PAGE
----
Mobsters resembles a cart-before-the-horse case of putting marketing ahead of filmmaking, as the seemingly can't-miss premise of teen-heartthrob gangsters gets lost in self-important direction, a shoddy script and muddled storytelling.

Mobsters resembles a cart-before-the-horse case of putting marketing ahead of filmmaking, as the seemingly can’t-miss premise of teen-heartthrob gangsters gets lost in self-important direction, a shoddy script and muddled storytelling.

The narrative is amazingly confused in light of its simplicity: two Italian and two Jewish kids from the ghetto team up in the 1920s and get into organized crime, gradually finding themselves caught between two dons. Story [by co-scripter Michael Mahern] is based on the real-life exploits of mob boss Lucky Luciano (Christian Slater) and confederates Meyer Lansky (Patrick Dempsey), Bugsy Siegel (Richard Grieco) and Frank Costello (Costas Mandylor).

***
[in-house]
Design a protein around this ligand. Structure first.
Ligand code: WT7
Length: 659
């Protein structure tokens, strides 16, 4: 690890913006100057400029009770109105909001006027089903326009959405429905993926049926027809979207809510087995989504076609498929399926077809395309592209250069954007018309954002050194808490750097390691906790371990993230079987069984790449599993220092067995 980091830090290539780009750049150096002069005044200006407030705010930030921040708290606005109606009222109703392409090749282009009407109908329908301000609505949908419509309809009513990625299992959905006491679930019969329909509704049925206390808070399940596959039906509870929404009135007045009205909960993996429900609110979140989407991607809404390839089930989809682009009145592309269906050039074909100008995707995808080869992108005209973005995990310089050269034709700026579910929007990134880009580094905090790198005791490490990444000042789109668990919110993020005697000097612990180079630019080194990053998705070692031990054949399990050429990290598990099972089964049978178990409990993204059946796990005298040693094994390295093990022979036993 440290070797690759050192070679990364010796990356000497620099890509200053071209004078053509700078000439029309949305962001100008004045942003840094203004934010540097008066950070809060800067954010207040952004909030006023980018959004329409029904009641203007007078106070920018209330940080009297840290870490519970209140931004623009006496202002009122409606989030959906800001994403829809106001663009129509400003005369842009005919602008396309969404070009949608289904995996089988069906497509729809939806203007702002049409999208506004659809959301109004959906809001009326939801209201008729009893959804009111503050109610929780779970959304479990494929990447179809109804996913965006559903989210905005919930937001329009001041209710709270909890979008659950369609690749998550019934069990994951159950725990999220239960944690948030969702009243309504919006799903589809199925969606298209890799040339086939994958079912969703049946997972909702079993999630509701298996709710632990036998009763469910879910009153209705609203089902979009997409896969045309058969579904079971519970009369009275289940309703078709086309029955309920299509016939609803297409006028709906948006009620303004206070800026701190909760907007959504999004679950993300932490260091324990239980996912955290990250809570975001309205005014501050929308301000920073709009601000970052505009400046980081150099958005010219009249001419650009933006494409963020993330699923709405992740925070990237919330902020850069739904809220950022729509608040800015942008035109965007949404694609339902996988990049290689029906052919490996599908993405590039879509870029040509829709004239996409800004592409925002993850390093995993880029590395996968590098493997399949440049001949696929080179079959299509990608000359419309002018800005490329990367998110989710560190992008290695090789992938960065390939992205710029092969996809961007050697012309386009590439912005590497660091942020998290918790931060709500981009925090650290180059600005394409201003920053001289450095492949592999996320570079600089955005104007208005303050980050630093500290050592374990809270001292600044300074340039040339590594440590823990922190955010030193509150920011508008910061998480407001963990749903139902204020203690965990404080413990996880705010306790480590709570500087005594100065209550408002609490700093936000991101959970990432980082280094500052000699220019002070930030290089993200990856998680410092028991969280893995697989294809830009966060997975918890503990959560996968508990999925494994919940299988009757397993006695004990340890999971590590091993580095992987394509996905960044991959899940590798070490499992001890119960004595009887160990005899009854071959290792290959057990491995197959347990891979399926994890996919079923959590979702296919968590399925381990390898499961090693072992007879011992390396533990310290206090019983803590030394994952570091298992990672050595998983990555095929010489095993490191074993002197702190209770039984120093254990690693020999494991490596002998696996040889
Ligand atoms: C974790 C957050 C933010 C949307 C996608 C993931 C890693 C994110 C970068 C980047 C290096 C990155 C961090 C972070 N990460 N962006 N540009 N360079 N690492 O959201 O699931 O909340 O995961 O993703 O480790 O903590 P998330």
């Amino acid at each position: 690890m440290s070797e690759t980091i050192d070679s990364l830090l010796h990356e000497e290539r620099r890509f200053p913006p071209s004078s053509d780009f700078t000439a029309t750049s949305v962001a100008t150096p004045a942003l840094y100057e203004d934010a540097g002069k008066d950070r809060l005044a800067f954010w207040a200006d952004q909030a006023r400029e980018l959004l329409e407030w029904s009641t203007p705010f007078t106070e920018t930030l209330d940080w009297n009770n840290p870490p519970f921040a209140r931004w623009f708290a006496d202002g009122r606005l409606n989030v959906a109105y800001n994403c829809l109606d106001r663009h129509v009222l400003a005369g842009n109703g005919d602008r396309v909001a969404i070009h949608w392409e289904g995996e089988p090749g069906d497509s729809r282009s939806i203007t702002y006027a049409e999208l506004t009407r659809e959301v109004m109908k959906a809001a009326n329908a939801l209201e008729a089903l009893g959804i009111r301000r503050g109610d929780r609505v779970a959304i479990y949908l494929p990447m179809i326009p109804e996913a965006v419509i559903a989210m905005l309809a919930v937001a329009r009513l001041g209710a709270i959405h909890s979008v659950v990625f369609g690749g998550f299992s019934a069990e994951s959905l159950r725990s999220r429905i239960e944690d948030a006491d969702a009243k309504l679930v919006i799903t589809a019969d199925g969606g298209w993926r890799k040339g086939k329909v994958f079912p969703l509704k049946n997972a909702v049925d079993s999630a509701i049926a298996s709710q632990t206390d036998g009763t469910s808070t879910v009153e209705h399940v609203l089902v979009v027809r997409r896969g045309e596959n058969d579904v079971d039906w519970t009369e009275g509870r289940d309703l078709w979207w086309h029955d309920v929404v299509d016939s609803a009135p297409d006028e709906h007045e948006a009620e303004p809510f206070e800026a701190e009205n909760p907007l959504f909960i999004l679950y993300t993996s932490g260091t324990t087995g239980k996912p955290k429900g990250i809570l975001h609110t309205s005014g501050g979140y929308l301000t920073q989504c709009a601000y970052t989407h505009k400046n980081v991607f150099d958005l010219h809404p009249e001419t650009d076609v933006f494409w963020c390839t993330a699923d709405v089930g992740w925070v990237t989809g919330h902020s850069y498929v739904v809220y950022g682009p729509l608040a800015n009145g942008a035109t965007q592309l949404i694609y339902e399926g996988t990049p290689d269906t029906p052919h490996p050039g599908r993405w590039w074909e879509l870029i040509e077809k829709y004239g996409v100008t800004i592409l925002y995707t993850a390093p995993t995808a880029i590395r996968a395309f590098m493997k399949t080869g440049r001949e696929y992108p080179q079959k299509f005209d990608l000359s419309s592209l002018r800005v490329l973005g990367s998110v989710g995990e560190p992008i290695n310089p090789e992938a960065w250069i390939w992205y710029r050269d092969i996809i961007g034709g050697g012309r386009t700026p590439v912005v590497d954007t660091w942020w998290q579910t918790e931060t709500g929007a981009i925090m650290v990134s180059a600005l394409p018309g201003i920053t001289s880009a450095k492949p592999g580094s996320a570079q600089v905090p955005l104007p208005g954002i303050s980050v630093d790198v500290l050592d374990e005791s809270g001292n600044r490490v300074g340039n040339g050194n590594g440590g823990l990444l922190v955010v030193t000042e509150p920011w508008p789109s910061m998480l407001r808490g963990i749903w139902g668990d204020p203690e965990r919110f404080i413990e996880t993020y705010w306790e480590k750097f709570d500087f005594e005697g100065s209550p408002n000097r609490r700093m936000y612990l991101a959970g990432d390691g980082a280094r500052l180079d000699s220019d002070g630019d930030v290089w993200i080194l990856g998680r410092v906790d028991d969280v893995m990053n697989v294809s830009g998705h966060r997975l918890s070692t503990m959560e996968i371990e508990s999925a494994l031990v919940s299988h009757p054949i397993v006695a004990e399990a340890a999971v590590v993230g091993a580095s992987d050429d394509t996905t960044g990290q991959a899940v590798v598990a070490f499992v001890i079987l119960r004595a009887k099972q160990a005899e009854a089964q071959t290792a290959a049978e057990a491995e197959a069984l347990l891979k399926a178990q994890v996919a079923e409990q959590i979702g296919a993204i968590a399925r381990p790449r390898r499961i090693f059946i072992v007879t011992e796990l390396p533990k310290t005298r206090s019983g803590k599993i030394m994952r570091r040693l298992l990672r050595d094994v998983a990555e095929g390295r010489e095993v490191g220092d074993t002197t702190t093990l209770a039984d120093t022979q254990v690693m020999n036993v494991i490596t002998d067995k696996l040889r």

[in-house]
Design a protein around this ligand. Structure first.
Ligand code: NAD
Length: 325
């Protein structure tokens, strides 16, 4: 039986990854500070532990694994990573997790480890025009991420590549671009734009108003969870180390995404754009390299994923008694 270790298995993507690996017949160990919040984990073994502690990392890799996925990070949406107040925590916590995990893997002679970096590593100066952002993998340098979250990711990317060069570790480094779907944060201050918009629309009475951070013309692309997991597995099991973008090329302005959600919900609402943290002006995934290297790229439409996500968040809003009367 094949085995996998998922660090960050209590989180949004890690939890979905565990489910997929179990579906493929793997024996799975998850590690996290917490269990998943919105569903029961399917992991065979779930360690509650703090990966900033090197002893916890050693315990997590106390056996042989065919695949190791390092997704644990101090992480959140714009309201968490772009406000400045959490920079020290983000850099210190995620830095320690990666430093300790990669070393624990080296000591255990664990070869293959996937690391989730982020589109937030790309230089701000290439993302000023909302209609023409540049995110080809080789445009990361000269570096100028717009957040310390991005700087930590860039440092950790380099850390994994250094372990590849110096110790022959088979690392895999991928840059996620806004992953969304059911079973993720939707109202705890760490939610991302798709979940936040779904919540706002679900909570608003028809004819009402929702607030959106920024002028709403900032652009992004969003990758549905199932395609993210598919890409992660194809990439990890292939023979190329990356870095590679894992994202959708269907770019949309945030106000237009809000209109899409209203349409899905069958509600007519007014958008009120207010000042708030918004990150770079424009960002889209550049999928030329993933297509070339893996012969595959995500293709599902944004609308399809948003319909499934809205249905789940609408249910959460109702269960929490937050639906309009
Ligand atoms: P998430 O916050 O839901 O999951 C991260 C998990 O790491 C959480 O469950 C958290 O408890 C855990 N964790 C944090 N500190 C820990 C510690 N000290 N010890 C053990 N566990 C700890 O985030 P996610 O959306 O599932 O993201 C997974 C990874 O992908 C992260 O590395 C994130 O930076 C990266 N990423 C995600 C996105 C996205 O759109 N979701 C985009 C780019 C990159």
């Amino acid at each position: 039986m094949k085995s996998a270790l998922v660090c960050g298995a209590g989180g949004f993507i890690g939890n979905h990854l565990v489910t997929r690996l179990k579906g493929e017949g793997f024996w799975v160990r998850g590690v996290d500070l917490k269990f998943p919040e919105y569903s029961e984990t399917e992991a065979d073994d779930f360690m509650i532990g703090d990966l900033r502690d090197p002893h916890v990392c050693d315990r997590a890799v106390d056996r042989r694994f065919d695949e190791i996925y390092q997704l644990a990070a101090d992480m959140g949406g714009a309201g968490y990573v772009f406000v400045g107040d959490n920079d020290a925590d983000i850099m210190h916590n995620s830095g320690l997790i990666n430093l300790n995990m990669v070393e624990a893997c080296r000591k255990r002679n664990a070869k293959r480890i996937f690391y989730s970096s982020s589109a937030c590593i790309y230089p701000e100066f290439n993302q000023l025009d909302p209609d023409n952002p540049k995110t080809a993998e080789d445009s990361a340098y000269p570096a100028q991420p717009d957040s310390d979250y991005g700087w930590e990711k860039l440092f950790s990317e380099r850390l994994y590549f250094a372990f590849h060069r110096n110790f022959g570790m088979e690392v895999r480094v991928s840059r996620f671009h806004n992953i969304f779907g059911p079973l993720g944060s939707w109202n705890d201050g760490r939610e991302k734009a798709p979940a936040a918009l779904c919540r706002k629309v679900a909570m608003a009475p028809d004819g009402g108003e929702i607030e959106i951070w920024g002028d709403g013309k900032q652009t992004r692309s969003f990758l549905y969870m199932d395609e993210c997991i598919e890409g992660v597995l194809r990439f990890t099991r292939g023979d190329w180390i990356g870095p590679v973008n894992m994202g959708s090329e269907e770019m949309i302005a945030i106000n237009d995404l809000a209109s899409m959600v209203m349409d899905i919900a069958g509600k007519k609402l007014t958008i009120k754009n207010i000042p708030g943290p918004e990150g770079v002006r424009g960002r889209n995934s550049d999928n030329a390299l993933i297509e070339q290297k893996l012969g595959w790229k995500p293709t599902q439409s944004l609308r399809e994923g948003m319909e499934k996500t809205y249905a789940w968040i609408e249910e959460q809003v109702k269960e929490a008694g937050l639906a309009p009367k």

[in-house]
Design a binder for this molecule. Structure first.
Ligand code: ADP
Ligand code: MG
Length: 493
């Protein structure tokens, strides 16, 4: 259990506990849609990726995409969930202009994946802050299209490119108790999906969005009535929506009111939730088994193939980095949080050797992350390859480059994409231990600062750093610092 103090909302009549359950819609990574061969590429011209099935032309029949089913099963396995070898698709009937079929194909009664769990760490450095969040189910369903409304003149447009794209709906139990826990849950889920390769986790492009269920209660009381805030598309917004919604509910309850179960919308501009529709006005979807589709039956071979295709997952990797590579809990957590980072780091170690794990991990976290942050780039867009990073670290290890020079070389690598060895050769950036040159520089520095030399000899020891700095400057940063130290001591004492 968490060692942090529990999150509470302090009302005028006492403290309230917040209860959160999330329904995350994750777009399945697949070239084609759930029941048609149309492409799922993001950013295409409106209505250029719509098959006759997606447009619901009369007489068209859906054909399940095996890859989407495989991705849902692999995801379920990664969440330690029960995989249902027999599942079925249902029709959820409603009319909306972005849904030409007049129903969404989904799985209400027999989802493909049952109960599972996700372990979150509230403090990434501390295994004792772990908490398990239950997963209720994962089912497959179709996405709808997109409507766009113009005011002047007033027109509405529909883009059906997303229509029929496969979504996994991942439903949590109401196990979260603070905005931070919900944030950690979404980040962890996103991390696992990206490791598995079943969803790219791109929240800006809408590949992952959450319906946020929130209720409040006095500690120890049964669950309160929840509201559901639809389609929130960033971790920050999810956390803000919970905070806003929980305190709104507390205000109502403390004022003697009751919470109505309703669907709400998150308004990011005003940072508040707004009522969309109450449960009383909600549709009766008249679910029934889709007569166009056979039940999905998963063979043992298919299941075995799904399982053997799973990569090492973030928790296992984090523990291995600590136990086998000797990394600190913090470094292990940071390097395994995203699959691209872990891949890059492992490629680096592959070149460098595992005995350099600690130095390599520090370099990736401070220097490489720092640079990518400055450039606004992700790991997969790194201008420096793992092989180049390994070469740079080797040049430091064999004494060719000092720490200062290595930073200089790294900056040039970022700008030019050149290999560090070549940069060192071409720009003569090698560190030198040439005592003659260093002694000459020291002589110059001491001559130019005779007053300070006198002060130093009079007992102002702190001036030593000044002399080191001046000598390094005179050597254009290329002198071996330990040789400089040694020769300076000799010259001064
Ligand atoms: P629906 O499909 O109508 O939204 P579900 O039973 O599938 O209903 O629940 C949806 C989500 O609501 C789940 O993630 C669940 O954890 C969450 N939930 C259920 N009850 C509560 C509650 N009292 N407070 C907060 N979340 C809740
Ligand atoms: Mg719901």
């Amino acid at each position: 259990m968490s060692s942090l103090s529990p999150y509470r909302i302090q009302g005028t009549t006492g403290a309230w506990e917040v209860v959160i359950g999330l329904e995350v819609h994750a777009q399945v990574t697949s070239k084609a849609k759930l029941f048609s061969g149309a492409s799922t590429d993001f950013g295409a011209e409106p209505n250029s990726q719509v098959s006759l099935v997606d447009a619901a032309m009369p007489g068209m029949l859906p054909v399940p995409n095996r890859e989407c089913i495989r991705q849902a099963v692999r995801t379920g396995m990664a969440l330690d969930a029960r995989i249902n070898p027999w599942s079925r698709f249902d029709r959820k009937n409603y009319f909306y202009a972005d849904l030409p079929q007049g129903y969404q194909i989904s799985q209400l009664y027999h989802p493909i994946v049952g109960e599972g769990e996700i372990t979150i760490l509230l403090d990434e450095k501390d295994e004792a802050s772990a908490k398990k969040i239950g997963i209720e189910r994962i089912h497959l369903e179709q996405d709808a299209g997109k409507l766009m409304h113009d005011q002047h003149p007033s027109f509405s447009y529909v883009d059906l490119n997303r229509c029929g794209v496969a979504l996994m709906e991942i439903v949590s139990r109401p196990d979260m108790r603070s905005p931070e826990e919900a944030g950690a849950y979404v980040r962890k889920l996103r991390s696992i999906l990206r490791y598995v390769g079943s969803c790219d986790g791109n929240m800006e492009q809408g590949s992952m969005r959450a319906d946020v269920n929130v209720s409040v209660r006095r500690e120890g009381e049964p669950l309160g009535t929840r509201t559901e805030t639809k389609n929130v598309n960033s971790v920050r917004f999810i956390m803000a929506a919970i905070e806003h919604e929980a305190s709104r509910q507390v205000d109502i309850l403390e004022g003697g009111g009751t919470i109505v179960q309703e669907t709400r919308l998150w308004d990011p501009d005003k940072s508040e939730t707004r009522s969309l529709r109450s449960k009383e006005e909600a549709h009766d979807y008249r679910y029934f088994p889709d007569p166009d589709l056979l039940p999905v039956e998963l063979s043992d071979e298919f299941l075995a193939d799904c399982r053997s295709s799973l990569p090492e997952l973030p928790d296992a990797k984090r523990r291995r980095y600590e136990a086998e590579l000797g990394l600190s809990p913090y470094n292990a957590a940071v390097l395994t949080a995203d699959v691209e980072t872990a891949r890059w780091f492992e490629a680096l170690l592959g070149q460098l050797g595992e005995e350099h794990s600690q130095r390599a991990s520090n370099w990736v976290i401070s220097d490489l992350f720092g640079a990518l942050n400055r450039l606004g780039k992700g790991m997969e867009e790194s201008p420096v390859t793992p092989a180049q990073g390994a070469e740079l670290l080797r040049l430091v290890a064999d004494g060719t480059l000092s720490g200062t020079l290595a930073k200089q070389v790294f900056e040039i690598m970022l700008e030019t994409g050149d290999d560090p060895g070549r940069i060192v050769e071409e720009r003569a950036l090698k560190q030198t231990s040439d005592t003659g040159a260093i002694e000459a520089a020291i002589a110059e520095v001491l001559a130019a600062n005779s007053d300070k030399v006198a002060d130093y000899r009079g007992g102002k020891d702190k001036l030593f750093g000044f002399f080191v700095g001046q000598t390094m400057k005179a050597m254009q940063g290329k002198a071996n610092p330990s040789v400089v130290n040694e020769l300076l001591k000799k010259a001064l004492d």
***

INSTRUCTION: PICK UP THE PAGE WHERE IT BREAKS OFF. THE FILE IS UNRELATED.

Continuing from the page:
True highlights come from its longer-toothed characters, with Anthony Quinn’s lusty portrayal of Don Masseria and F. Murray Abraham as the Yiddish-spouting no-goodnik Arnold Rothstein.

First-time director Michael Karbelnikoff occasionally betrays his roots in TV commercials, particularly with a ludicrous, gauzily shot love scene between showgirl Lara Flynn Boyle and Slater that closely resembles a perfume ad.

[For pic's UK release the handle The Evil Empire was added to posters.]

Mobsters

Production

Universal. Director Michael Karbelnikoff; Producer Steve Roth; Screenplay Michael Mahern, Nicholas Kazan; Camera Lajos Koltai; Editor Scott Smith, Joe D'Augustine; Music Michael Small; Art Director Richard Sylbert

Crew

(Color) Available on VHS, DVD. Extract of a review from 1991. Running time: 104 MIN.

With

Christian Slater Patrick Dempsey Richard Grieco F. Murray Abraham Lara Flynn Boyle Anthony Quinn
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